I think I’m going with egg cups this week.  I’ll make 24 and get english muffins for quick and delicious egg sandwiches to go.  That covers us for breakfast.

For lunch, I’ll stock extra pasta and grains (I’m sure I’ll throw in a few side dishes of polenta, faro salad, pasta salad, etc., depending on what I see on sale at the grocery today.  Leftover turkey burgers, chicken and pork chops will be packed up over grains/greens for lunch all week.) I peeled and chopped 10 pounds of carrots yesterday, and I’ll stock up on melon, grapes, apples and sugar snap peas for snacking.  I recently stocked up on craisins, walnuts, cashews, almonds, and chocolate chips, so there will be lots of trail mix to-go ahead of us.  I’ll add a baked good or two if I have time to bake tomorrow… maybe some banana bread (I have some bananas tucked away in the freezer for just this purpose) and/or blueberry muffins, just to let them know I love them an extra lot and smooth out the transitions we’re all facing this week.

I’d better tend to my grocery list…

Grocery List:

6 lb. ground turkey

4 lb. chicken breasts and thighs

Pork chops x 8

Branzino x 6

5 lb. littlenecks

2 lb. bacon

3 dozen eggs



Eggplant x 4





Sugar Snap Peas

English muffins

Keep in mind that my pantry is STOCKED with cheeses, grains, pastas, everything I need to make a marinade (oils, vinegars, spices, etc.) and pretty much every baking ingredient (flour, sugar, baking powder/soda, vanilla, etc.)… so I can usually keep my grocery list TIGHT and limited to perishables (proteins, dairy and produce), plus replenishing pantry ingredients that are running low.  This week, I also need to replenish paper goods, so I’ll be adding toilet paper, paper towels and napkins to my list.

I’m going to chronicle the making of the sweet potato fries for you here, so look for that recipe, coming soon!  Happy Saturday and good luck!!

Iced Coffee

Coffee.  That one word brings up a world of emotion (and dependency), doesn’t it?  It’s comforting, it’s delicious, it’s aromatic and wonderful… it’s a drug delivery system without which many of us could not (or would not want to) function.  I enjoy Starbucks and Empire (in Newport) as much as the next girl, but I’m so picky about my coffee that I enjoy it most when it comes out of my kitchen (and is therefore exactly how I like it).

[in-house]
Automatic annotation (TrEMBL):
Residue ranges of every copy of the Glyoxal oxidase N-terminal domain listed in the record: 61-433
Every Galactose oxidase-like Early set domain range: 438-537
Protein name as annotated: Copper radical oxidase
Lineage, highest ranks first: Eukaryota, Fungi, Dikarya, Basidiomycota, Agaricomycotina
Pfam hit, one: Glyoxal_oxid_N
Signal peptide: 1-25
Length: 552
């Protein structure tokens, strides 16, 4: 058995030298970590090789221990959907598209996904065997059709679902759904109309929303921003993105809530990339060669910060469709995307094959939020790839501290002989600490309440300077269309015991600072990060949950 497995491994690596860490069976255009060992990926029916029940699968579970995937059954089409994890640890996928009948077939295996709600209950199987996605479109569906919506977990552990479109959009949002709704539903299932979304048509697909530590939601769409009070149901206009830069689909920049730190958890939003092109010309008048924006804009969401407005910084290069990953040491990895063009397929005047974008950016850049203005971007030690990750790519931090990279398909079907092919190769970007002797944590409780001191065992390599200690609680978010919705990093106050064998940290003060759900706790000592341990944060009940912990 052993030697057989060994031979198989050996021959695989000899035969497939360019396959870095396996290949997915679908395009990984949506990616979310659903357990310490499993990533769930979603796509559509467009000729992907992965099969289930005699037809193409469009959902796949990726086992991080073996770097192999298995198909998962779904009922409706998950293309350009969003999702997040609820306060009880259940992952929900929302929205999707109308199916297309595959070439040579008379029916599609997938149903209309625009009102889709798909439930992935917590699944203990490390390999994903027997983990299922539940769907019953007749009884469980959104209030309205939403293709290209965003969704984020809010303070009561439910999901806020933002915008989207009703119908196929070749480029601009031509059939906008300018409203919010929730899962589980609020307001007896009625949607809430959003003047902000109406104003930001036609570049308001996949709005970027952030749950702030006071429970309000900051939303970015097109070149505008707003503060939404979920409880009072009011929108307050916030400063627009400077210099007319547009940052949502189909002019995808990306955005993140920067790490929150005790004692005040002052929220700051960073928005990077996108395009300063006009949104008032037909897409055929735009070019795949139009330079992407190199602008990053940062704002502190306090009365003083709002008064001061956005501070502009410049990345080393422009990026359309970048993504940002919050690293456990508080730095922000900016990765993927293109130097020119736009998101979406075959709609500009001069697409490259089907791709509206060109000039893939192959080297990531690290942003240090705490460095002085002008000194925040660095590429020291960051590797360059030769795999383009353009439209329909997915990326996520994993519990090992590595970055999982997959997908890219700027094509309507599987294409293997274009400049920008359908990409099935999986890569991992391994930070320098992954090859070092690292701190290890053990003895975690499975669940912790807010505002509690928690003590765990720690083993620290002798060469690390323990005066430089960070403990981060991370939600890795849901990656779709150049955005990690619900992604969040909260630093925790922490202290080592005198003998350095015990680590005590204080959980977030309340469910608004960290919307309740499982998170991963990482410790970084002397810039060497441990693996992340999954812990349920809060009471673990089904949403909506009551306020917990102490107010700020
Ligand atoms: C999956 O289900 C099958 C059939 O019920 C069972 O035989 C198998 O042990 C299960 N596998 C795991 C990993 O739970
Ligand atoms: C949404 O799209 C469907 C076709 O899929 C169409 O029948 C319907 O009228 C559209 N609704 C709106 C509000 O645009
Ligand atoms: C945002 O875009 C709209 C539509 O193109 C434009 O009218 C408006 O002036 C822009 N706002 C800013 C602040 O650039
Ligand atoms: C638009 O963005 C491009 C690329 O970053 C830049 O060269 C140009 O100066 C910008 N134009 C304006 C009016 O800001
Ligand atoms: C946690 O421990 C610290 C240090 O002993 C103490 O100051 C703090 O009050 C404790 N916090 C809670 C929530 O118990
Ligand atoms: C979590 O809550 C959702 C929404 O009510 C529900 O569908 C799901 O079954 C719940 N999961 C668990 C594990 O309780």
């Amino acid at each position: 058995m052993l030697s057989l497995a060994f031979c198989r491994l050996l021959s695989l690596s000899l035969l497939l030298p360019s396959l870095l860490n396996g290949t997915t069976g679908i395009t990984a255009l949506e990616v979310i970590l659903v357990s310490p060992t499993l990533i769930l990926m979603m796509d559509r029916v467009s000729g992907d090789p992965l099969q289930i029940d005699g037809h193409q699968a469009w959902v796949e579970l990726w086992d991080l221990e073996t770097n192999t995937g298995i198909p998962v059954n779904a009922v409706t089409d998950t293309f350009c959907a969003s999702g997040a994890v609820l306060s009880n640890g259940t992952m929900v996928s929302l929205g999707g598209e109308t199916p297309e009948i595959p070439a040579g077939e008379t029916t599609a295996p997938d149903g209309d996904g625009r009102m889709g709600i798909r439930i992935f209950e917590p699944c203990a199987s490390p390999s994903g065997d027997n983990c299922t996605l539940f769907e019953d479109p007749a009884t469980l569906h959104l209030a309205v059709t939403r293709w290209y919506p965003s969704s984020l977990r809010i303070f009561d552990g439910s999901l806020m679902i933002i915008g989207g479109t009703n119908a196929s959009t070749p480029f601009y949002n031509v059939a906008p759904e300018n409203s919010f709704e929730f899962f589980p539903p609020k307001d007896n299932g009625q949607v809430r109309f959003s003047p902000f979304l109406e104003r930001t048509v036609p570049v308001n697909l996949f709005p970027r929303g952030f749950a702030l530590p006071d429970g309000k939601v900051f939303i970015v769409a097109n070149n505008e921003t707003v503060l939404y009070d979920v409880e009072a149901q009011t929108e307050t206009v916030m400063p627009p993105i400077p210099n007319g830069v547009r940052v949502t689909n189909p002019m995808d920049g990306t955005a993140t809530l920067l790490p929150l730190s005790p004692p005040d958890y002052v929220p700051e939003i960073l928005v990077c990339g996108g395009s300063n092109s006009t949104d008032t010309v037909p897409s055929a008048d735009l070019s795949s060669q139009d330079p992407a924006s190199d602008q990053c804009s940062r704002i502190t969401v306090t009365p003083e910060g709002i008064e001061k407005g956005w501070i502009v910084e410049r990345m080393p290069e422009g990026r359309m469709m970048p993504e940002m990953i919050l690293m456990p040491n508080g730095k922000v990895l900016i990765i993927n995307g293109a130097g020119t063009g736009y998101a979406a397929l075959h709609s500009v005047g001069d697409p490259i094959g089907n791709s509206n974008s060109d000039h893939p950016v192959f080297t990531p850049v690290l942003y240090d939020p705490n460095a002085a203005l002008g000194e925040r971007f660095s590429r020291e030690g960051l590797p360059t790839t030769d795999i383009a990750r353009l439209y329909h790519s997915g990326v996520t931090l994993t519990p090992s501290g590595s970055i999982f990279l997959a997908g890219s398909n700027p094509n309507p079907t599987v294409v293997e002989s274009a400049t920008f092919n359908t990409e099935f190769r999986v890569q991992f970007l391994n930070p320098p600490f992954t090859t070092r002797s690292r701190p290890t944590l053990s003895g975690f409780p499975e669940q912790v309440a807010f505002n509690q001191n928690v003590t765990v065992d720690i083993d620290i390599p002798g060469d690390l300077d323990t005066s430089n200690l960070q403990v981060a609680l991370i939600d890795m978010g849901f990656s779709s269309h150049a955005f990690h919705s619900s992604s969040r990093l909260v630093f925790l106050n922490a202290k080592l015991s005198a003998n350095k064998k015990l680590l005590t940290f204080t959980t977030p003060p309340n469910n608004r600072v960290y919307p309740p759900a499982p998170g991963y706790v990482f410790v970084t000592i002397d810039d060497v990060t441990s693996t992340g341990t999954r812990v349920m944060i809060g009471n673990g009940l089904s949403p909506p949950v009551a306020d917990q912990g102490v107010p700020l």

And when we are talking about iced coffee, there is only one way to do it: with frozen coffee cubes instead of ice!  This concept is admittedly simple, yet game-changing.  It doesn’t even count as a “recipe,” but I wanted to share in case you haven’t thought of it yet.  No one likes watered-down coffee, right?  So, instead of ice, freeze your leftover coffee in silicone molds (you can get them anywhere: grocery stores, Target, Christmastree Shop, etc.) like this one…


and pop them into your freezer on a tray.

Store coffee cubes in a container in your freezer, and store some leftover coffee in a pitcher or mason jar in your fridge, and you will continue to enjoy the kind of coffee you like best, at the strength you intended it to be, all iced out and fabulous for the summer!  

Before you gulp, here’s one more tip:  because sugar has a hard time dissolving in ice-cold beverages, use confectioner’s (or “powdered”) sugar instead of granulated sugar.  It will dissolve into your icy eye-opener and you won’t get that grainy-sandy texture as you sip your heavenly caffeinated delight.

Have an awesome summer weekend!



Meal Planning: It Doesn’t Have to be the Worst

Can we call it something else?  It feels like adding a full time job to my already overloaded life to call myself a Meal Planner.  And an extra full time job just adds negative connotations on top of the way I’m already feeling about the daunting, never ending but essential task of meal planning.

I’d like to call it “Life Prep,” because that’s what it really is.  We all know that you can do Life without it, but if you prepare, you’re going to be able to face whatever Life throws at you, a little easier.  And if you believe in the awesome power of preparation (like I do), then it begins to feel like a task worth doing.  So, I’m sitting down to do some Life Prep, this early Saturday morning, and I thought I would share my thoughts with you.

What do our lives look like next week?  Well, we have a family cookout tomorrow, school (the countdown in the last three weeks of the school year is brutal), work for all four of us, running, yoga, paddle boarding, gym and sailing, end-of-year sailing party (to which we are bringing food), and some work at the condo. As always, we will need three or four real, sit-down dinners, tons of grab-and-go high-octane lunch and snack food, and a great make-ahead breakfast idea that will last all four of us, all week (cause no one likes making breakfast at a morning hour that starts with an “F”).